Celebrating the start of Ramadan at the Hôtel de Ville in Paris
|Dates are traditionally served because the prophet Muhammed is said to have broken his fast by eating three of them.|
|Notice all the glasses - liquid refreshment is very important when you haven't had anything to drink all day.|
After experiencing five Ramadans in Indonesia, the country with the world's largest Muslim population, I decided to request a couple of invitations for the annual soirée hosted by Bertrand Delanoë, the mayor of Paris, at the Hôtel de Ville and join the Muslim community as they broke their first fast.
Seeing all of the people listening to the concert in the magnificent Salle des Fêtes and patiently waiting for the moment when they could eat reminded me of when we made the mistake of moving from one house to another in Indonesia during Ramadan. Imagine the movers, who were carrying heavy furniture and working in the tropical heat, adamantly refusing to drink or eat because it was against their religion. In between worrying that one of them would succumb to exhaustion or that they would drop our heavy teak furniture, I admired their conviction.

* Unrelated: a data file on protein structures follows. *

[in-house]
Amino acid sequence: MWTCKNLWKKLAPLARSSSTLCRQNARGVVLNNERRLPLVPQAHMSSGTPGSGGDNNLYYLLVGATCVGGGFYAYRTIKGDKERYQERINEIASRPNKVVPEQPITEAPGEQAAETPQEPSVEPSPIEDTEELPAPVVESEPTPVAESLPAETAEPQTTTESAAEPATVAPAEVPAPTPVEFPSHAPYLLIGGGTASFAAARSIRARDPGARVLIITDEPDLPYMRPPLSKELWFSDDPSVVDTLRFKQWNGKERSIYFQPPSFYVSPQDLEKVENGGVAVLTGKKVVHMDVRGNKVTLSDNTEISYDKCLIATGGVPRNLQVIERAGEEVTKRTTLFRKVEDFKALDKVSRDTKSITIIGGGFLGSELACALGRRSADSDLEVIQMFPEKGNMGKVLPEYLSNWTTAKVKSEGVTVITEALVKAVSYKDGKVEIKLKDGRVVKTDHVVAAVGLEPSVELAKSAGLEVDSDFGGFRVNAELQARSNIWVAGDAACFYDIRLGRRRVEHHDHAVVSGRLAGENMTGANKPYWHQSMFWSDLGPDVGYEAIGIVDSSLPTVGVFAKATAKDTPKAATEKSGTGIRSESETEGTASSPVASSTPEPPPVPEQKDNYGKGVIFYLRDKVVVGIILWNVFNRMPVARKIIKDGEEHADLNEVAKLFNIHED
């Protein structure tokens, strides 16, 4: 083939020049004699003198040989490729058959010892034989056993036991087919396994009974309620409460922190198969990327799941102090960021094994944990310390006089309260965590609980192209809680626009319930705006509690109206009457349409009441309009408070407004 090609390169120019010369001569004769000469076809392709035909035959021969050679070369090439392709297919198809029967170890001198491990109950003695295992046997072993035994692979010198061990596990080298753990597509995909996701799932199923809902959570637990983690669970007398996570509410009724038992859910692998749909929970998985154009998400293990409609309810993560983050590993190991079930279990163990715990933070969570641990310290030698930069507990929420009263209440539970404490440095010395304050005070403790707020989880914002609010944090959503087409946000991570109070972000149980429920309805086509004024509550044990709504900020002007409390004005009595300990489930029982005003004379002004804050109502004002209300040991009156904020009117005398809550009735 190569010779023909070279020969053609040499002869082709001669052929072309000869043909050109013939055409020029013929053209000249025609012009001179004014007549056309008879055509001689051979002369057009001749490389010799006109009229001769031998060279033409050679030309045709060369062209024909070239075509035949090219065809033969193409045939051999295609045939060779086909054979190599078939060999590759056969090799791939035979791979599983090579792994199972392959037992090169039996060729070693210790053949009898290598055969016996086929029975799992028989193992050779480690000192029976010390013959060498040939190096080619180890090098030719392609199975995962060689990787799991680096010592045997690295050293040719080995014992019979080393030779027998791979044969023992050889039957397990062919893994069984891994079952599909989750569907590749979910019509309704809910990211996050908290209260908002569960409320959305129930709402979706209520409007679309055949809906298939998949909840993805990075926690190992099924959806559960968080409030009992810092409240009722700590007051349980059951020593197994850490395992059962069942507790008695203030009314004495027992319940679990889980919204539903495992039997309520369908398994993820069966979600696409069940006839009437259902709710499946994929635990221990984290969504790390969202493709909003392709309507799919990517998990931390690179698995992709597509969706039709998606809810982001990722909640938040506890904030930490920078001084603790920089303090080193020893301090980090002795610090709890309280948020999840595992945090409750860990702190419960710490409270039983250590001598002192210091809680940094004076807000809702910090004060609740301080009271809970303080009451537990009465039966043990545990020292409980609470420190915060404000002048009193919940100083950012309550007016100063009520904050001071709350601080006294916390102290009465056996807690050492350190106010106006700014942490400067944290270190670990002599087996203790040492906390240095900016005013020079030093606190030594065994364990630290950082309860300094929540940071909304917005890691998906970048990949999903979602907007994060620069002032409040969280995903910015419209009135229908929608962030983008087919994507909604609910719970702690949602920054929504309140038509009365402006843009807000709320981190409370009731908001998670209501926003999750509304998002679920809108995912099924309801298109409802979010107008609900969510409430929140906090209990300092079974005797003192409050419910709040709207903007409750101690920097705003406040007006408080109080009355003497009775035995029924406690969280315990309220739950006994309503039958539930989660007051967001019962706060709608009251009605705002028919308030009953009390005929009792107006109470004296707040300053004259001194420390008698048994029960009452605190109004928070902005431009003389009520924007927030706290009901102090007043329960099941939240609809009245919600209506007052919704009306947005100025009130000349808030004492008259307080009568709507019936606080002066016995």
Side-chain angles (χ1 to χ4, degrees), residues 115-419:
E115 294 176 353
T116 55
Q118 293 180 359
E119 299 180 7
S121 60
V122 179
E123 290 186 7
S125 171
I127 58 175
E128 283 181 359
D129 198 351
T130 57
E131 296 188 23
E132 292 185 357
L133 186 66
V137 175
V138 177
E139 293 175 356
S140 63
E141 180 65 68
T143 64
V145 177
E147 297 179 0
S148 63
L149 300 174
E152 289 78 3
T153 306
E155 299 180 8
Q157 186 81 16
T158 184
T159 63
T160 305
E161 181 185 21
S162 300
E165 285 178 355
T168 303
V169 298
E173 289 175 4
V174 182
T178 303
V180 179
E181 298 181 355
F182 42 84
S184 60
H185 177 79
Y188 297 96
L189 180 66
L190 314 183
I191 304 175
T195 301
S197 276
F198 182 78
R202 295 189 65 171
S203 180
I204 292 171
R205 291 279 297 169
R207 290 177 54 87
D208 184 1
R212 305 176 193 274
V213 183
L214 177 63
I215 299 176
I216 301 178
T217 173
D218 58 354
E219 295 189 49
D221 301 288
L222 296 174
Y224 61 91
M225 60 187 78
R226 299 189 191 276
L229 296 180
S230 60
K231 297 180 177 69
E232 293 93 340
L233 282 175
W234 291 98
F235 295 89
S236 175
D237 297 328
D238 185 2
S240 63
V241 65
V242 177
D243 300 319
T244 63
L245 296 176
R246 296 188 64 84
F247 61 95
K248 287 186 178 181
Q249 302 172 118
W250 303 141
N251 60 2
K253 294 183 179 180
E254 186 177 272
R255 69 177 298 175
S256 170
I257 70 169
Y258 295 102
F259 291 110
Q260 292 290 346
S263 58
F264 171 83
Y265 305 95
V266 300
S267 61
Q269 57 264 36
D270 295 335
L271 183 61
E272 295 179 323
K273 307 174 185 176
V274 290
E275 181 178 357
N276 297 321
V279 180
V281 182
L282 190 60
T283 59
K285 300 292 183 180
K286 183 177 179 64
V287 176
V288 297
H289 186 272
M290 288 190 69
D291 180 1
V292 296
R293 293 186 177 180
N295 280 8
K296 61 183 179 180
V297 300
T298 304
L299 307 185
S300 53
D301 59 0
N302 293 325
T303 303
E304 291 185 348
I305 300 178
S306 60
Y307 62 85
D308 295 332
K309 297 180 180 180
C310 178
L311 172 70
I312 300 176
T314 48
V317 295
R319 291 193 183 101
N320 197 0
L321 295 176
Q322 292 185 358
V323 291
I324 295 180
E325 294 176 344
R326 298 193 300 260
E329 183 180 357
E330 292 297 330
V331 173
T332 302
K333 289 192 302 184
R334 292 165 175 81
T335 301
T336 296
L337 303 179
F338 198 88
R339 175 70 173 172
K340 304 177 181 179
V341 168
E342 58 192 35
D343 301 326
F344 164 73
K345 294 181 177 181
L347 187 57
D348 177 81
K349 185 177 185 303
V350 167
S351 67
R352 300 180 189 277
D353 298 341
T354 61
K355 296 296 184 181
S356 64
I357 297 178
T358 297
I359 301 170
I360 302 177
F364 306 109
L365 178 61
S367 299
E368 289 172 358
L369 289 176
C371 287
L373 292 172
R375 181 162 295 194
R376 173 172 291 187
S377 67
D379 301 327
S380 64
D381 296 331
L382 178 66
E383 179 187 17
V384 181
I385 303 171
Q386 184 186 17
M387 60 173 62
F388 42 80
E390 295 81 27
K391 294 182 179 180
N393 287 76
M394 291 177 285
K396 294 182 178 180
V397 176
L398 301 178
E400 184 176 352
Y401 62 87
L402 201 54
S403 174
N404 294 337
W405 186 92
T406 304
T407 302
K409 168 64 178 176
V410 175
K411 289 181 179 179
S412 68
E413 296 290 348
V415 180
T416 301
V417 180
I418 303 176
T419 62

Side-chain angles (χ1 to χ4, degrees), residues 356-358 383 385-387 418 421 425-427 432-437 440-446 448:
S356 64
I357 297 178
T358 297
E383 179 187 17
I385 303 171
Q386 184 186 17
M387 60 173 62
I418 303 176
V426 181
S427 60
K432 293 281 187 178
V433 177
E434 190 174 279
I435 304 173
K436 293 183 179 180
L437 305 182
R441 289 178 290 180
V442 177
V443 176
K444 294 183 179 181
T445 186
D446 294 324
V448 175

Just as in Indonesia, there was a great sense of elation with the setting of the sun and the breaking of the fast last night.
|As if by magic, everyone suddenly descended on the buffet tables just after the sun set.|
As soon as their bodies were fortified, everyone returned to the Salle des Fêtes to dance to the tunes of Fanfaraï, a brass band with a profusion of trumpets, saxophones, a trombone and a tuba. With eleven musicians of various cultural backgrounds, they play energetic North African music by skillfully blending brass, traditional percussion, arabo-berber, afro-cuban, latin and jazz sounds.
Happy Ramadan! And best wishes to the hundreds of Muslim athletes who have decided to fast while competing at the Olympic Games in London.